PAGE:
boat'), in page 94. The second aspect is frequently mentioned in the
functional literature and relates to the view of grammaticalization as
involving primarily a semantic process. It seems that the instances of
case syncretism indeed offer evidence for change in many domains of
language happening in a simultaneous fashion, as it is normally observed
with other phenomena of language change.

Of course, with these observations I do not wish to invalidate this piece
of scholarship. Overall, the aims proposed in the book were fairly well
achieved. The book demonstrates that language contact is a regular
process, in total connection with the parameters of grammaticalization.
This solely is an invaluable contribution to the field of historical
linguistics. Formal researchers on grammaticalization will definitely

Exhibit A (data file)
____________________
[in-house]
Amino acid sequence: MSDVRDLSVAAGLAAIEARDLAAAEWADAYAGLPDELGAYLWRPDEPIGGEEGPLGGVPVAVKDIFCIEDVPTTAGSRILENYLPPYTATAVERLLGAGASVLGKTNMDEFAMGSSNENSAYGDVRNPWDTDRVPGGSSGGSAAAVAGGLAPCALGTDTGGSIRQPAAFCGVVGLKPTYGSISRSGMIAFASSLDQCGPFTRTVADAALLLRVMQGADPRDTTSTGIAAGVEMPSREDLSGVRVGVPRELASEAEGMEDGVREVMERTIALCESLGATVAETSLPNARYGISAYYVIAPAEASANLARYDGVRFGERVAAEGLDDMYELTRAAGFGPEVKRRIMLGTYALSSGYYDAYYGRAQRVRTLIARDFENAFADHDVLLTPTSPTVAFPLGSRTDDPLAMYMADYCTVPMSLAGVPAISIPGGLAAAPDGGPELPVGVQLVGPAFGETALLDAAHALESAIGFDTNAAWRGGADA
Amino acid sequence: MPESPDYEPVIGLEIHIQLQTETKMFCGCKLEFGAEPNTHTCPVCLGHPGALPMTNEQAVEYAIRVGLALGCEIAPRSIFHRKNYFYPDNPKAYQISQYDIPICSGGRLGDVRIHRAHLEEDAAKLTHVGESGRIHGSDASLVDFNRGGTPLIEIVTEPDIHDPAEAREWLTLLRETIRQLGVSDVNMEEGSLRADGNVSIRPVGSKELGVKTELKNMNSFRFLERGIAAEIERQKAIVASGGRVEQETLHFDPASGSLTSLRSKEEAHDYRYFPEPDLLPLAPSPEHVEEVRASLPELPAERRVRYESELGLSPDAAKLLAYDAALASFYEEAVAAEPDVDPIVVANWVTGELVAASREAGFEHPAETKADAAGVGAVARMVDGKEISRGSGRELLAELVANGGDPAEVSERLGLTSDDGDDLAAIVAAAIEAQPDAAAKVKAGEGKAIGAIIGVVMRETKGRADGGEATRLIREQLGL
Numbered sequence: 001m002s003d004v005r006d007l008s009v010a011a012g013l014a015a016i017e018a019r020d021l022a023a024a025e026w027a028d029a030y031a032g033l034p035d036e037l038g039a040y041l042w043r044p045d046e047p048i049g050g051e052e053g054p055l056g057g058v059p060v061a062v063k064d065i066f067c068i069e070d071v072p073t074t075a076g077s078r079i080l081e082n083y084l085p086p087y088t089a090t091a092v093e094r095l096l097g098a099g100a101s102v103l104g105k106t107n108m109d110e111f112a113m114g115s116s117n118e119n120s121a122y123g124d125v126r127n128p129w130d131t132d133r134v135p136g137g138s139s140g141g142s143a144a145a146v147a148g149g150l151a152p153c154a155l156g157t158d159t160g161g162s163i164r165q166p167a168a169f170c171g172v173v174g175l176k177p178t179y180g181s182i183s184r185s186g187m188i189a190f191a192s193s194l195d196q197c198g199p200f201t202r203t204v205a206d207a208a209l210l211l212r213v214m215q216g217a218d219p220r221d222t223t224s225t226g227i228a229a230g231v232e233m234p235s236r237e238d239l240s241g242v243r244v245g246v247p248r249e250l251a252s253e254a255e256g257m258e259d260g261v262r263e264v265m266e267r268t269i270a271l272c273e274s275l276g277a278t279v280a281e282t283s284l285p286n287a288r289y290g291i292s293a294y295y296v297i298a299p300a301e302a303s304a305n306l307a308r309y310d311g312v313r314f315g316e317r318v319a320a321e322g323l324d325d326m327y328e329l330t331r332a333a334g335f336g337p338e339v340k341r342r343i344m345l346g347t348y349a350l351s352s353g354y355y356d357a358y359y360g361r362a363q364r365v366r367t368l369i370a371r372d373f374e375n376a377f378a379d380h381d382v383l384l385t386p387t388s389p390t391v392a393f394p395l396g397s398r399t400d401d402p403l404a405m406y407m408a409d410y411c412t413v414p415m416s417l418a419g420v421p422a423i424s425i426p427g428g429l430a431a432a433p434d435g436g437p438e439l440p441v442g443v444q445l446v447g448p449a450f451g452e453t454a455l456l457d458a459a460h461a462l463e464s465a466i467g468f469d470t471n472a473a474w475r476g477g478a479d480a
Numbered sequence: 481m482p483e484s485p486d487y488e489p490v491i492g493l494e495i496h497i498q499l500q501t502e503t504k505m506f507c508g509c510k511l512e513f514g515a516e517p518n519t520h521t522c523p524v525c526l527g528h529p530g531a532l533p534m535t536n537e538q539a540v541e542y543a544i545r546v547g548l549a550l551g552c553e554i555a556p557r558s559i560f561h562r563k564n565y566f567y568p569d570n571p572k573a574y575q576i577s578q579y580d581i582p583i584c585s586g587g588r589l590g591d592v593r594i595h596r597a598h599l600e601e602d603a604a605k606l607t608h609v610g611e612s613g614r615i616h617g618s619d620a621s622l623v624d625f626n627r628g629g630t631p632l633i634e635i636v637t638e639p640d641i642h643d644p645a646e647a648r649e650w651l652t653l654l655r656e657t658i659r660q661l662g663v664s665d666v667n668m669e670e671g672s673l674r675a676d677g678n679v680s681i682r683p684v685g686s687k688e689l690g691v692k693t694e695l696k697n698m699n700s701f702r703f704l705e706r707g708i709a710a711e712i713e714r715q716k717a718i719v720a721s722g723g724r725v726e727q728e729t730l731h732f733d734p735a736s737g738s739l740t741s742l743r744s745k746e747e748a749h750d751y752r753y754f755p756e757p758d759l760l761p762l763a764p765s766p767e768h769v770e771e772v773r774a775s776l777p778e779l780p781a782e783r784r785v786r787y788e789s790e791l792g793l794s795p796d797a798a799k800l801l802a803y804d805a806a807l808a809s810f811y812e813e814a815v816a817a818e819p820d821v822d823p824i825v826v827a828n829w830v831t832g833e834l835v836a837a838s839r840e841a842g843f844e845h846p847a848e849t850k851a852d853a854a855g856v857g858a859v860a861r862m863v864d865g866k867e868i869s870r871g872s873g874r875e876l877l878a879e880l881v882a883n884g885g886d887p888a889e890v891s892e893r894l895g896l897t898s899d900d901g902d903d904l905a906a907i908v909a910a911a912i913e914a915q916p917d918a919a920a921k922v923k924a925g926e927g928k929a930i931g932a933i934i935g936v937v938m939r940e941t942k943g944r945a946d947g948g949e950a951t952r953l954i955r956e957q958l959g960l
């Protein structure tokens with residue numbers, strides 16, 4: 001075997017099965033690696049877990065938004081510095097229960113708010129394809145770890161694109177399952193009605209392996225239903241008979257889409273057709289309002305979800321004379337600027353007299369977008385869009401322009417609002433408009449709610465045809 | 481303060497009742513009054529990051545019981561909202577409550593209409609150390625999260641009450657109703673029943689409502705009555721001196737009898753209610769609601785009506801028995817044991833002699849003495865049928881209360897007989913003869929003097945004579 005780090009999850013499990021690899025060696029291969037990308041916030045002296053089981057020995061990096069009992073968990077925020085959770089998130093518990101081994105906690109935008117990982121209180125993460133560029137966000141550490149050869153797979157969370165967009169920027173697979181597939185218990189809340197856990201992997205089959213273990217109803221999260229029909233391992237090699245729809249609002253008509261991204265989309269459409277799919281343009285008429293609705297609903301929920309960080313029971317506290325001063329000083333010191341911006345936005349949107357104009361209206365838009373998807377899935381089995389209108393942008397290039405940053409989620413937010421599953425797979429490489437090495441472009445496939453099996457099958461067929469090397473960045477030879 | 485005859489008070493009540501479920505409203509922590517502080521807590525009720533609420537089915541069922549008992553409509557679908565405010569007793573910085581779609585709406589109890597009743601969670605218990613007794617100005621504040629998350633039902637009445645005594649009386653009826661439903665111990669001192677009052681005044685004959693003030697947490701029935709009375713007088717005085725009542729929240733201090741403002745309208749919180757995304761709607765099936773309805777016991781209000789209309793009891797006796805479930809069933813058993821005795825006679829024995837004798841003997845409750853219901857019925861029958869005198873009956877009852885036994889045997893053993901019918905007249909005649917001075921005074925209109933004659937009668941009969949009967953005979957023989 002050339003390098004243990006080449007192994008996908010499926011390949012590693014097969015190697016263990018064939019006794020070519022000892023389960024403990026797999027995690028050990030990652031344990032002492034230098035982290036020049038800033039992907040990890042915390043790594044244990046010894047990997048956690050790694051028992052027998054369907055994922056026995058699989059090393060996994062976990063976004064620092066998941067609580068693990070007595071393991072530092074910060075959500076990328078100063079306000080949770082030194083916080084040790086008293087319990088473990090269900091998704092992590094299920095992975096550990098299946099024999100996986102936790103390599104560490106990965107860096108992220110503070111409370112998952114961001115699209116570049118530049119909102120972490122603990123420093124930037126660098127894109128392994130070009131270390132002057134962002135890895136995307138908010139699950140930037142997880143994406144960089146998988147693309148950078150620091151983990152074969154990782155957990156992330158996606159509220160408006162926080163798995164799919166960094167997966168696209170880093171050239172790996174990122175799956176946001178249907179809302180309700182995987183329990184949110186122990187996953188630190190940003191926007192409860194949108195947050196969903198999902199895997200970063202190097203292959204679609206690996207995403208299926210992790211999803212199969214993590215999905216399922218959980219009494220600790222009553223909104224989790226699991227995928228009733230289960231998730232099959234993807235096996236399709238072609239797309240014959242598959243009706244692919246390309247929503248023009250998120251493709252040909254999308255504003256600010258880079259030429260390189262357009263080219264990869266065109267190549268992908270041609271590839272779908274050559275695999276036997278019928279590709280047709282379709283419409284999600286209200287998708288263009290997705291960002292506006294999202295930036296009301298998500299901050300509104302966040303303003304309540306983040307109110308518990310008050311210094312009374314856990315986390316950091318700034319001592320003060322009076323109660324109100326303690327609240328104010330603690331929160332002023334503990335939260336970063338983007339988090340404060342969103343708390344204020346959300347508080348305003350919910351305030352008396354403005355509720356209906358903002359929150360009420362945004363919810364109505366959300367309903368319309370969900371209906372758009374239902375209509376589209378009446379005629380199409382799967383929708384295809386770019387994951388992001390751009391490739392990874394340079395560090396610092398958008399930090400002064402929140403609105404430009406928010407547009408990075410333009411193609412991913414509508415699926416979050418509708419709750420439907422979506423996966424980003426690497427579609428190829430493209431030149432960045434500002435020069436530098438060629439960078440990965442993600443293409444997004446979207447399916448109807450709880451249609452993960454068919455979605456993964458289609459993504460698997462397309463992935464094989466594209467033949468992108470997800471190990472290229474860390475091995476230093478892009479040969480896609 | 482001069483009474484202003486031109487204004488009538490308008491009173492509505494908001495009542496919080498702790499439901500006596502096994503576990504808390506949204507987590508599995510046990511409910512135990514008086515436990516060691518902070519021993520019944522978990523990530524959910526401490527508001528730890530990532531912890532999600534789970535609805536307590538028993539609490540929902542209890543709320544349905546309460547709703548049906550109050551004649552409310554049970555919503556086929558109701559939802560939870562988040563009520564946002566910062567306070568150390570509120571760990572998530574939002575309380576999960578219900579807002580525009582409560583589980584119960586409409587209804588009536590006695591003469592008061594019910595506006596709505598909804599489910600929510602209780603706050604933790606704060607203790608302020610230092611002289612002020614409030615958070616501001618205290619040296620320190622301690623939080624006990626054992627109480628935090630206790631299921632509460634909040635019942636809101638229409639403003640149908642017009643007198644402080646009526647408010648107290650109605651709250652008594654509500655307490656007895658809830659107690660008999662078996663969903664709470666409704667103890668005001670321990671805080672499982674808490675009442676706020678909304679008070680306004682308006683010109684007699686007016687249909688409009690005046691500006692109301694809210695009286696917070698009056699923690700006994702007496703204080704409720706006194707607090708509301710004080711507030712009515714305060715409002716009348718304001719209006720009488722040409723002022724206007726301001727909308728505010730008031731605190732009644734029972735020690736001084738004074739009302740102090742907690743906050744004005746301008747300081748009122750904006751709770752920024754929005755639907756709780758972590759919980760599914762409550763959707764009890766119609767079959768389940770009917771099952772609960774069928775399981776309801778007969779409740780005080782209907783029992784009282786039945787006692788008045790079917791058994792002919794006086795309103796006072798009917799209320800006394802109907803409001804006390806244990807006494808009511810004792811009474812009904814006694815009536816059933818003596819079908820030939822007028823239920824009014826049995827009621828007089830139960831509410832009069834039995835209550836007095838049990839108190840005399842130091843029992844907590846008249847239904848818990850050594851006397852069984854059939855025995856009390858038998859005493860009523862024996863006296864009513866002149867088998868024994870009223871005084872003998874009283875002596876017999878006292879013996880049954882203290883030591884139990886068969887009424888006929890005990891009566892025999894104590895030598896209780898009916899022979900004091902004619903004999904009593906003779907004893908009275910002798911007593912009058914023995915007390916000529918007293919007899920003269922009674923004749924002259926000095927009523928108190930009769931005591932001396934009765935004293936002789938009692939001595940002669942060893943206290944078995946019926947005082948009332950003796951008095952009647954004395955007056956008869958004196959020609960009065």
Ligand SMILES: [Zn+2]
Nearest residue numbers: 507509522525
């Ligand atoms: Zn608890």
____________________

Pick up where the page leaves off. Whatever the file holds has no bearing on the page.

profit from this work as well.

REFERENCES

Aikhenwald, Alexandra Y. (2002) Language contact in Amazonia. New York:
Oxford University Press.

Lightfoot, David. (1999) The Development of Language: acquisition, change
and evolution. Malden, MA: Blackwell.

Roberts, Ian & Anna Roussou. (2003) Syntactic change: a minimalist
approach to grammaticalization. Cambridge: Cambridge University Press.

Weinreich, Uriel. (1964) [1953] Languages in contact. London: The Hague;
Paris: Mouton.




 
ABOUT THE REVIEWER:
ABOUT THE REVIEWER


Aroldo Andrade has research interests in syntax, morphology and historical
linguistics. His MA dissertation deals with causative alternation and
partial agreement of unaccusative constructions in Brazilian Portuguese.
He is presently researching the syntax of infinitive constructions in the
diachrony of Portuguese.